Microbial Testing

This image depicts an active viable air sample being performed in a Compounding Aseptic Isolator (CAI).   USP<797> recommends sampling 1,000 liters of air per location.   Collecting 1,000 liters eliminates the CFU per m3 calculation.

Viable environmental monitoring is extremely important in compounding pharmacies and other controlled environments.  Precision Air Technology has three technicians accredited by CETA National Board of Testing as Registered Cleanroom Certification Professional for Sterile Compounding Facilities.  The services we offer are:

  • Surface and Air Sampling for bacteria and fungi
  • Compressed Air Sampling for bacteria and fungi
  • Consultation in developing a viable sampling plan

We work with an independent environmental laboratory to incubate and read the project samples.  They issue an easy-to-read professional test report which details any growth identified to its species.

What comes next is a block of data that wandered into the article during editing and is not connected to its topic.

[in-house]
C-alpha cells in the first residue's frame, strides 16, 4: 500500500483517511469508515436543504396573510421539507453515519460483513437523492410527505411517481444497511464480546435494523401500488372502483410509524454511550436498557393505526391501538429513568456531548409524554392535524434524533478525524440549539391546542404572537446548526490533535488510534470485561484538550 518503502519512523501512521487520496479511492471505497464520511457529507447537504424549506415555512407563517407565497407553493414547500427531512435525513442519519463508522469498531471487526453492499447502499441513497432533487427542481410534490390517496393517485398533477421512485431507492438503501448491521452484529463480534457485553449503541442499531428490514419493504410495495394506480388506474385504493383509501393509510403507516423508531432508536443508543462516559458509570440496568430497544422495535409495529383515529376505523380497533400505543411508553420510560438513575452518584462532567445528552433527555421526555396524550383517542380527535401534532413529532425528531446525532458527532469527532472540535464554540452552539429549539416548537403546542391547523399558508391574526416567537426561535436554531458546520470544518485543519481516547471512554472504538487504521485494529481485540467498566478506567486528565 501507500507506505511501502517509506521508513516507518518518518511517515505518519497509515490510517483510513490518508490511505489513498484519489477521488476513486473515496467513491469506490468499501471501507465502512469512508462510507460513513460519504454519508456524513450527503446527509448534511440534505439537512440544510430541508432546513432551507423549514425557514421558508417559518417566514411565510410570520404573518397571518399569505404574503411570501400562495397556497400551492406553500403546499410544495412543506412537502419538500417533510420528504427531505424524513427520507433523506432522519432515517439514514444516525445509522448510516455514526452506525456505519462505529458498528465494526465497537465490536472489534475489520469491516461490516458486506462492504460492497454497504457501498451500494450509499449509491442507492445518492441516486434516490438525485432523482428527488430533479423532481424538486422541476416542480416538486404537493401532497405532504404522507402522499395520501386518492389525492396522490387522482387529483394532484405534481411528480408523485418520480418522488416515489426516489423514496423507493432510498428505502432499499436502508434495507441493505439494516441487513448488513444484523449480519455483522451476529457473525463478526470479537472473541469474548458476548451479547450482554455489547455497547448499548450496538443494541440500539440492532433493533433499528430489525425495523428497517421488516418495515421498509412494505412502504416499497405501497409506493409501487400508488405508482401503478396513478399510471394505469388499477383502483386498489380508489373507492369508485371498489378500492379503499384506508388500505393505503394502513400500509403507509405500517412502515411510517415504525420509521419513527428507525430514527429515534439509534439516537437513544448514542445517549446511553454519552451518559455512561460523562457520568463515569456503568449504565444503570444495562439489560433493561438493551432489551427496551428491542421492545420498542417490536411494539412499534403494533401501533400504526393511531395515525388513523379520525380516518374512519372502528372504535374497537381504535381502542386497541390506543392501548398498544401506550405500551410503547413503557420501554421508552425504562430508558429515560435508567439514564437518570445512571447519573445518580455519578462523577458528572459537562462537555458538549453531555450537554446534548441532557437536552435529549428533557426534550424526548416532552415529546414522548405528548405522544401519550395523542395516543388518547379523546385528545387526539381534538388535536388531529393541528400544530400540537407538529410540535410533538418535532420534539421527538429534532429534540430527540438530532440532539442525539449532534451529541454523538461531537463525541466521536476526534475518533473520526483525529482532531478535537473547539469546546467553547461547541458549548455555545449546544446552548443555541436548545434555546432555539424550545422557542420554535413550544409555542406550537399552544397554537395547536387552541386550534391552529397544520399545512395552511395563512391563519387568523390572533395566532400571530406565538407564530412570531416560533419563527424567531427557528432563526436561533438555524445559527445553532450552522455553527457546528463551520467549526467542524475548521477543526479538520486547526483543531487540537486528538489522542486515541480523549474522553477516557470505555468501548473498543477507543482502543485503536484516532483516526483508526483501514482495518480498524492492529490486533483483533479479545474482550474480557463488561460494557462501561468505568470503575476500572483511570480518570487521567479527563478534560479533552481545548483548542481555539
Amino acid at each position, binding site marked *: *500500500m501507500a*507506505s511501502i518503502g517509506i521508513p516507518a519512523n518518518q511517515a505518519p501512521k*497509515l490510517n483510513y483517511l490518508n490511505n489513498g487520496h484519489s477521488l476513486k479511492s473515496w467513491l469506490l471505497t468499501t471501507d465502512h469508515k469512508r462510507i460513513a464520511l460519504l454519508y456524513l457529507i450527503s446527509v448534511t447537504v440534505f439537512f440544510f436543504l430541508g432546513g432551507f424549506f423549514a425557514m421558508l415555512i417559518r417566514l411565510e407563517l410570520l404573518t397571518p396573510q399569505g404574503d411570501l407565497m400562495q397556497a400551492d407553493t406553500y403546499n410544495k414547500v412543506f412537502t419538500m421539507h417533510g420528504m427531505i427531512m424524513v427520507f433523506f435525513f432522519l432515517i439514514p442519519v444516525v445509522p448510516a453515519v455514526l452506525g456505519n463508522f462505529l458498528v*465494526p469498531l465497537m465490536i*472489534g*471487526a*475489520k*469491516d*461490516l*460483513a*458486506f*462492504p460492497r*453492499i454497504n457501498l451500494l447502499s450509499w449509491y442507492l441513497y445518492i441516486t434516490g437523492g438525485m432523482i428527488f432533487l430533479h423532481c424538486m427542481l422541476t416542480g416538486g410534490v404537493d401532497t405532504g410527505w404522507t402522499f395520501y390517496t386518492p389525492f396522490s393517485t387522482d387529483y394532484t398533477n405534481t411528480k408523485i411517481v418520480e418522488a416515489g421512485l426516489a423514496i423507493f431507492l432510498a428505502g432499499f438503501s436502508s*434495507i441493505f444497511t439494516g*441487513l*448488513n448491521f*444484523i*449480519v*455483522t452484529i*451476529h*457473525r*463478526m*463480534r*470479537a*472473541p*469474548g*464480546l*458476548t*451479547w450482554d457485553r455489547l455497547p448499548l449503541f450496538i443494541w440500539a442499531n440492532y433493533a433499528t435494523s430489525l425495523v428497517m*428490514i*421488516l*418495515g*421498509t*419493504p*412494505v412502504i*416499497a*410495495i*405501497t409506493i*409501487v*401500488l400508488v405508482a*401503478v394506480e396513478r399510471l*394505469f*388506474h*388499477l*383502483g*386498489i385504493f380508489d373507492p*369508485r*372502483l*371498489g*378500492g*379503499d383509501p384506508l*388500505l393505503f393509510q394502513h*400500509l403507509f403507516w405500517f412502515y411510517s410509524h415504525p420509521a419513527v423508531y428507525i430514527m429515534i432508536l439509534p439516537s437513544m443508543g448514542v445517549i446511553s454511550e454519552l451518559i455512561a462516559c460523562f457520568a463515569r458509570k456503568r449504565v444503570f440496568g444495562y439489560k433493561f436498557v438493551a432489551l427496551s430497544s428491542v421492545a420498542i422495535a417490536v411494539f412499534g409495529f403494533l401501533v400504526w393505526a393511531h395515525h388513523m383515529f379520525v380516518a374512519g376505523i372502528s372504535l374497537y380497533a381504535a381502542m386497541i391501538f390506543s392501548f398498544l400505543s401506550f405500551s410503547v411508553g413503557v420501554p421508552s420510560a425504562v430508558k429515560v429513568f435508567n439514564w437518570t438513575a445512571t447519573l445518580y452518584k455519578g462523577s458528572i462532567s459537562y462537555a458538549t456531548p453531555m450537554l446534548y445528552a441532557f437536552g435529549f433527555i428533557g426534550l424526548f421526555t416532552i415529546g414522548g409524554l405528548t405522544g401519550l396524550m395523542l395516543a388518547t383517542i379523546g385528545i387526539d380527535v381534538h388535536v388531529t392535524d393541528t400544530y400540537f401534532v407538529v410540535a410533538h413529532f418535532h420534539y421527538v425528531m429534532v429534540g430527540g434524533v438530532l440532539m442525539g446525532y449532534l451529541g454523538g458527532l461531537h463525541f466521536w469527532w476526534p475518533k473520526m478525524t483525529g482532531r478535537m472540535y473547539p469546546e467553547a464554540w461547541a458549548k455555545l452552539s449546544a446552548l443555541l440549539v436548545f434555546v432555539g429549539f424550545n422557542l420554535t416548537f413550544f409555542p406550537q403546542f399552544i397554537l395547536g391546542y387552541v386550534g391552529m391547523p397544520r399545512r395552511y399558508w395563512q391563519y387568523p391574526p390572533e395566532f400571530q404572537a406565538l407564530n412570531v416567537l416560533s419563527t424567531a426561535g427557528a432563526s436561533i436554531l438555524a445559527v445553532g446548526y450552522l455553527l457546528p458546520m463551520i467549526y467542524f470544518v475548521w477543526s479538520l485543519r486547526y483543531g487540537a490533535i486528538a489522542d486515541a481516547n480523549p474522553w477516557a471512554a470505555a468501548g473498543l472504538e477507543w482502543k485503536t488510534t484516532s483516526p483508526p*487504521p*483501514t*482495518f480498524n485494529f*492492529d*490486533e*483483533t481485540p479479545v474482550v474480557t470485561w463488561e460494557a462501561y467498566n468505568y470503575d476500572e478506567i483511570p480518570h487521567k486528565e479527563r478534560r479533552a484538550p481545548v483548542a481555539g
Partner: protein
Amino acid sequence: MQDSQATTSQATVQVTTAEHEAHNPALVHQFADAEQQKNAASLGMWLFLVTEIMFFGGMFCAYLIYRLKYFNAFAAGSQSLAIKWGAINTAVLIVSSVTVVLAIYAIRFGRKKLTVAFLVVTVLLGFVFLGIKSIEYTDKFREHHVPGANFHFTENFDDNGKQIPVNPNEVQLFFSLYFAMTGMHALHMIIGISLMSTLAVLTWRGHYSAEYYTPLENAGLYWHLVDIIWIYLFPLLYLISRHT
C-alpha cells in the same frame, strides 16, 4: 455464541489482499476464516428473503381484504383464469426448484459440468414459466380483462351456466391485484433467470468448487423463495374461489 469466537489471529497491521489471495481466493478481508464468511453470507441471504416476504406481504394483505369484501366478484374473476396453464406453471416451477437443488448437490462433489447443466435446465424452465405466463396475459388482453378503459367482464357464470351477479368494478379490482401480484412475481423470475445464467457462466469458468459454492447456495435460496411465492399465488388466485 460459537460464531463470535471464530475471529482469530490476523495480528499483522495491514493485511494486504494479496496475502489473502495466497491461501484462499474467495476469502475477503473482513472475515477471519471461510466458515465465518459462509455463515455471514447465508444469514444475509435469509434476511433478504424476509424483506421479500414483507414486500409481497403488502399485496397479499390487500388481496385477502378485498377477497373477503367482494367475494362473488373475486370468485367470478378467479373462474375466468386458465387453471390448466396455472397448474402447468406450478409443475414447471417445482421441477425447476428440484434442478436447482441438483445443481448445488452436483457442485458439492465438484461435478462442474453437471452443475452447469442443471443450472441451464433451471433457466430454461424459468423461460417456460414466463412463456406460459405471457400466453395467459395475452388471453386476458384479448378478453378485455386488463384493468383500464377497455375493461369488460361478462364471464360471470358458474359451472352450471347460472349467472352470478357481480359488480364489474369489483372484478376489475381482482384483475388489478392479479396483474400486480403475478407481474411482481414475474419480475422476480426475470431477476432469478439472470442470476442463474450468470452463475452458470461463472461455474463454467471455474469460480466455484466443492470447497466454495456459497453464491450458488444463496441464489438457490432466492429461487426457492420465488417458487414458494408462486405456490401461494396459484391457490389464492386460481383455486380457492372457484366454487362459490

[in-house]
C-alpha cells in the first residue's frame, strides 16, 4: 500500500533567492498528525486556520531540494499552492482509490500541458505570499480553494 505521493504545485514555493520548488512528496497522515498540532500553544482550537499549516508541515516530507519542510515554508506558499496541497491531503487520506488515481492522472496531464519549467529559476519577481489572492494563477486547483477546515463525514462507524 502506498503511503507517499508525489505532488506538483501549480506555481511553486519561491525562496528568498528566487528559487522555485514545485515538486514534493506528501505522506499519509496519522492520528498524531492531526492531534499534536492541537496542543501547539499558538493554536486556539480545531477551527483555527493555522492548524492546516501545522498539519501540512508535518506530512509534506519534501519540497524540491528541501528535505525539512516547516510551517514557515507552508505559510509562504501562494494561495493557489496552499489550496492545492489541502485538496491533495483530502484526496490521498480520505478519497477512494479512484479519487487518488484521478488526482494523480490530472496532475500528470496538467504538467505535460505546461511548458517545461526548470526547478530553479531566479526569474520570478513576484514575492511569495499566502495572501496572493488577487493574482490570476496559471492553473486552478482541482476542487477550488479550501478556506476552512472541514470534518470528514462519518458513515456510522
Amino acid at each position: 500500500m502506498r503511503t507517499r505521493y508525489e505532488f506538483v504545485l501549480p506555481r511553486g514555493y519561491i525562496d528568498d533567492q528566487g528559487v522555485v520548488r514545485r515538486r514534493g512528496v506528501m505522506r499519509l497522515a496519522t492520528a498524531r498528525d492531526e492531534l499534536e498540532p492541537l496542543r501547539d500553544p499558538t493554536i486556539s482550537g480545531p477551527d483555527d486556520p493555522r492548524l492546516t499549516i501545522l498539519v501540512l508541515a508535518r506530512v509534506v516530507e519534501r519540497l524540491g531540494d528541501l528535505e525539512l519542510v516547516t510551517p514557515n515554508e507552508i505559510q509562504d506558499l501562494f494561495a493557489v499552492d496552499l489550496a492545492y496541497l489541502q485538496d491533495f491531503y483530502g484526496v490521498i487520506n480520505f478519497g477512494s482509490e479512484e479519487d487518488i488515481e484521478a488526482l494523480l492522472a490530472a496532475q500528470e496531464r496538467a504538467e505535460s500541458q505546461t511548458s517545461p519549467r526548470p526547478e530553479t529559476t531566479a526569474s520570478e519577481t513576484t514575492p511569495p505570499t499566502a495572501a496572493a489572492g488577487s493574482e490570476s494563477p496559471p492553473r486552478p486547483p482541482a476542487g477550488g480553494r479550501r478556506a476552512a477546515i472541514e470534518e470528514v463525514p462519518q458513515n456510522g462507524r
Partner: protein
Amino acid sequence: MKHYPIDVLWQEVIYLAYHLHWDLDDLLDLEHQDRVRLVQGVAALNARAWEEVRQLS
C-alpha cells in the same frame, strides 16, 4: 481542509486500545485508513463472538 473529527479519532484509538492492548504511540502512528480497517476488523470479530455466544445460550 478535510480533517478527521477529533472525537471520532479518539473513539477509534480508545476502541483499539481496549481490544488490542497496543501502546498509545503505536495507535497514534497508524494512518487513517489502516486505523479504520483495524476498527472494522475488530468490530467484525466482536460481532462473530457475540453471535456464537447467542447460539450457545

The Controlled Environment Testing Association (CETA) is headquartered in Raleigh, North Carolina. CETA provides training classes and offers accreditation programs through the CETA National Board of Testing (CNBT). Precision Air Technology does performance testing in <USP 797> and <USP 800> compounding facilities and has three, CNBT-Registered Cleanroom Certification Professionals for Sterile Compounding Facilities on staff.

Making sure that the product being compounded is bathed in non-turbulent, HEPA-filtered air is a focus of <USP 797> testing guidelines. This air is often referred to as “first air.” This image demonstrates the concept of “first air” through a smoke study done while a lab technician is working. Such testing helps the pharmacy technician define their work space and work practices. Some of our largest <USP 797> testing projects are in university hospital pharmacies.

<USP 797> specifications require that ceiling tiles in compounding pharmacies be caulked in place to prevent contamination getting into the room from the area above the ceiling. Testing the HEPA filters often requires having access to the top of the filter. Instead of cutting the seal to remove a tile, Precision Air installed individual PAO injection ports in a ceiling tile. This made the job easier, and made it safer for the users, the room and the products being manufactured in it.